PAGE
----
Sent to the doghouse again? You won't be alone at any of these 10 real towns, islands and streets named after dogs. Oh and by the way... "Chihuahua", Mexico wasn't named after a dog, it was the other way around!
10) Dogpool Lane – Birmingham, UK
Welcome to Dogpool Lane, a paved pathway through Selly Park in fun-loving Birmingham, UK... and by "fun-loving", we mean the propensity for otherwise upstanding citizens to tipex (England english for "whiteout") one of the Ls in the sign.
Perhaps it's a passive-aggressive protest aimed at dog-walkers who too often fail to stoop and scoop, or maybe Beavis & Butthead were vacationing in the UK. (dog town images 1 and 2 via Elliott Brown)
9) Dogtown – St. Louis, MO
Dogtown, a traditionally Irish section of St. Louis, got its name from the many small clay and coal mines that dotted the area in the mid-1800s.
In the parlance of the day, doghouses, dogholes and dogmines referenced mining activity, which explains the many "Dogtowns" that still exist in the USA today. (dog town image via Paul Sableman)
8) Isle of Dogs – London, UK
The Isle of Dogs is a district in central London, UK bordered on three sides by the Thames River. Though the name has been in use for ages, it had no official status until 1987 when the Tower Hamlets London Borough Council created the Isle of Dogs Neighbourhood.
Presumably no dogs were harmed in the making of this official neighborhood. (dog town image via Elliott Brown)
7) Black Dog Halt station – Wiltshire, UK
Black Dog Halt is a disused railway station on the Chippenham and Calne line in Wiltshire, England. The station was active for just over a century, closing in 1965 with the tracks being removed in 1967.
These days, the signs are all that's left of Black Dog Halt station, which now overlooks a portion of National Cycle Route 403. (dog town image via Richard Szwejkowski)
6) Dogtown – Cape Ann, MA
The Dogtown that once existed near Gloucester, MA is rare in that it's name has nothing to do with mining. Instead, legend states that female homesteaders whose husbands were away fighting in the Revolutionary War would keep dogs for protection and companionship.
By the mid-1800s, however, most residents had left Dogtown (the last few having been accused of practicing witchcraft) and many of their released pets had turned feral. (dog town image via Brian Herzog)
5) Red Dog – Nevada County, CA
Red Dog (also known as Brooklin or Brooklyn) was a Gold Rush mining town that at its peak boasted a population of about 300 - Mark Twain made a stop in Red Dog during his 1866 lecture tour.
Today, all that's left of Red Dog is a miner's cemetery and Red Dog road. (dog town image via configmanager)
4) Houndsditch – Aldgate, London, UK
Back to Jolly Olde England, where things weren't always as jolly as they are today. Need an example? According to photographer and Flickr member George Rex, the name of this street in London's Aldgate district "dates back to the 13th century, from the numerous dead dogs once discarded in the City's defensive ditch at this location."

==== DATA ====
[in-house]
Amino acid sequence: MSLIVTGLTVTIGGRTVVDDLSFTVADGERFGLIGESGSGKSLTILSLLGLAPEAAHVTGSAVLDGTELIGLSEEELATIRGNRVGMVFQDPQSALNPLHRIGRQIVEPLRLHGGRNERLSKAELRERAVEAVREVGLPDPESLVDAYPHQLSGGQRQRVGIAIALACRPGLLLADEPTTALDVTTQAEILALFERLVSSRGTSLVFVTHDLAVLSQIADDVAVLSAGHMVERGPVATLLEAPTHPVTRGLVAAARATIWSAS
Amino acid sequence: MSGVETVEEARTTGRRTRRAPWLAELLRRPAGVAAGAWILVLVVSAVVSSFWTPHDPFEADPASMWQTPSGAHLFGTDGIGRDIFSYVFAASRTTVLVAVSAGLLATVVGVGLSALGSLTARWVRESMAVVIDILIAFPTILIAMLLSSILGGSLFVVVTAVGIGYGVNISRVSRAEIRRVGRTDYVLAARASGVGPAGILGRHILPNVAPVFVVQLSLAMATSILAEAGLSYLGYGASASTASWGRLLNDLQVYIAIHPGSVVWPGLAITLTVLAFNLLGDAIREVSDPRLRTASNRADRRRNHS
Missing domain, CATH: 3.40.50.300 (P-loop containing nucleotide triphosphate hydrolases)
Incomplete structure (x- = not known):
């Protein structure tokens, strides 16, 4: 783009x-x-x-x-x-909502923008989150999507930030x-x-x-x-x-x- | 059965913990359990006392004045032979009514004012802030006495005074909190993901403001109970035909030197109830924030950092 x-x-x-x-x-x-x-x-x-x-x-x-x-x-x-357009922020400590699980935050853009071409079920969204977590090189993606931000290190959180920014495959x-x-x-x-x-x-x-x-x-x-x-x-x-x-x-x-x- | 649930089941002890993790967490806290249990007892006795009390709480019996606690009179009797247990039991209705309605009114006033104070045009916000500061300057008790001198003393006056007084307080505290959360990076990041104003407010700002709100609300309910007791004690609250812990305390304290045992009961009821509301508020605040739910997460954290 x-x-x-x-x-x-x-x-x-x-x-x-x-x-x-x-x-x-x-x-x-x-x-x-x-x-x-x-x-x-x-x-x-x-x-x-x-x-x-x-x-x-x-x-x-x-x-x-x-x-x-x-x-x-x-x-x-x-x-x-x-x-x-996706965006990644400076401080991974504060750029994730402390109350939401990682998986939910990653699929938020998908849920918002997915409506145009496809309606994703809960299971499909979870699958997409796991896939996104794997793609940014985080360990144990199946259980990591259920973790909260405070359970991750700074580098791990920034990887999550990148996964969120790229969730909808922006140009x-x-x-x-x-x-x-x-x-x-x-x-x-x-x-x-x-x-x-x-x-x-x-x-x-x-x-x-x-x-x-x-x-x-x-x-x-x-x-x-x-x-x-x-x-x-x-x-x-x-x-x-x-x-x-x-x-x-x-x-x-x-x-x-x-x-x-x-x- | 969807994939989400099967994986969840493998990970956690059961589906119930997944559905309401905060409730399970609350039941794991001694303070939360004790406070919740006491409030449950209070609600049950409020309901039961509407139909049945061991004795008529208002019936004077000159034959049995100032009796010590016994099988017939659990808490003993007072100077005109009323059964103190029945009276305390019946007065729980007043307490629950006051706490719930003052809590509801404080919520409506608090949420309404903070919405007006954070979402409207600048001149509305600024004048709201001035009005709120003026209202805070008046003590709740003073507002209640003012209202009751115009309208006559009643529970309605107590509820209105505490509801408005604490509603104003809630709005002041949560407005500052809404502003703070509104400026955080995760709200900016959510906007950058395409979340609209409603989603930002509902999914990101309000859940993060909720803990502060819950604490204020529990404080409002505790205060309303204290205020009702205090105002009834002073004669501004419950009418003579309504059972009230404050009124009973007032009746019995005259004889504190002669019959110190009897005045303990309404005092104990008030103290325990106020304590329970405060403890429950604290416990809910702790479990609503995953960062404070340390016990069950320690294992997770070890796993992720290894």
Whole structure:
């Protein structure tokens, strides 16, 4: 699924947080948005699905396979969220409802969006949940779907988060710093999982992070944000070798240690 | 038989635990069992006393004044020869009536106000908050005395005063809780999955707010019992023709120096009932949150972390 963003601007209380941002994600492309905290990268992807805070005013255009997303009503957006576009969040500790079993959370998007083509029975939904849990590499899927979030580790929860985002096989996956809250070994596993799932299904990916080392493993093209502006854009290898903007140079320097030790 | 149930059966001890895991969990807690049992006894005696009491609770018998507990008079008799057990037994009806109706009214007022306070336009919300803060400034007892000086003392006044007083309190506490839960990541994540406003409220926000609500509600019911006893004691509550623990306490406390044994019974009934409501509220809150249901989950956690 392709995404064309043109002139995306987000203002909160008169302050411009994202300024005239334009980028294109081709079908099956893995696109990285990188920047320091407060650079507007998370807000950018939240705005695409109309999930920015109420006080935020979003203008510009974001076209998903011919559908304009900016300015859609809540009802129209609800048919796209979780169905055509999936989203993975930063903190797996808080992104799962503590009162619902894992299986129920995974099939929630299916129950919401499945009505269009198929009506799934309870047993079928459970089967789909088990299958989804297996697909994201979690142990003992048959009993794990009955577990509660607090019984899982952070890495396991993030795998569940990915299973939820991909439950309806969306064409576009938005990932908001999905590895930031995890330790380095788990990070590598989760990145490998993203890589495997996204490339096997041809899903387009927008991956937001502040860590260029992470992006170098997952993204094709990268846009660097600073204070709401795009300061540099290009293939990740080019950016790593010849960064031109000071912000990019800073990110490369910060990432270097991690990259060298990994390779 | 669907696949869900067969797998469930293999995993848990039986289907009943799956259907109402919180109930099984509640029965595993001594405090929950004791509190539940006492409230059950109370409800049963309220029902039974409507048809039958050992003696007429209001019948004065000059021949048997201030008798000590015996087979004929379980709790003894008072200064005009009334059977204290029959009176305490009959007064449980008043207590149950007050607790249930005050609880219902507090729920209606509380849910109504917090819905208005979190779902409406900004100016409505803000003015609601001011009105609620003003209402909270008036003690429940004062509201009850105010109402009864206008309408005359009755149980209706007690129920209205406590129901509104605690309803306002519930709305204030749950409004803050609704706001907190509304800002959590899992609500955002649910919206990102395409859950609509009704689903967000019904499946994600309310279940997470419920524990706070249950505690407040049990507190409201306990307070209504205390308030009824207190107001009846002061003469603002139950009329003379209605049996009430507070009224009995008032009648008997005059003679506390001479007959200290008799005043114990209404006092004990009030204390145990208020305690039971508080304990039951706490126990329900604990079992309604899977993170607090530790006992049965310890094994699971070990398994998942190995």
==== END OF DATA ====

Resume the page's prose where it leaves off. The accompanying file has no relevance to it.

Suddenly, whiting-out Ls from street signs doesn't seem so bad. (dog town image via George Rex)
3) Dogtown – Marin County, CA
Welcome to lovely Dogtown, California, where the elevation is higher than the population! This village in the San Francisco Bay Area's North Bay was originally founded by miners and lumberjacks who were known for keeping hunting dogs.
Back then, the village was officially known as Woodville but after the sawmills closed in the 1870s, the name reverted to its long-time nickname of Dogtown. Dogs, y'see, never close. (dog town image via John Blower)
2) Dog Island – Bluff, New Zealand
Dog Island is a roughly dog-shaped island located in the Foveaux Strait just of the southern coast of New Zealand's South Island. The island hosts Dog Island Lighthouse, New Zealand's tallest lighthouse and one of its oldest as well, dating from 1865.
Dog Island has been uninhabited since 1989 when the lighthouse was made fully automatic. (dog town image via Natalia Volna itravelNZ@ travel app)
1) Dog River – Rouleau, Saskatchewan
Dog River may be one of the most well-known towns in the Canadian province of Saskatchewan, thanks to the popular CTV television program Corner Gas. The thing is, "Dog River" doesn't actually exist - the show was filmed on location in the small town of Rouleau.
That said, fans of the show who visit Rouleau will note the words "Dog River" on the nearest grain elevator to the film set at the junction of Highways 39 and 714. Oh, and don't be lookin' for The Littlest Hobo... he doesn't exist regardless of what Hank believes. (dog town image via Geoff Sowrey)
All images in this article were originally posted at Flickr by the indicated photographer and each has been graciously made available under a Creative Commons international license.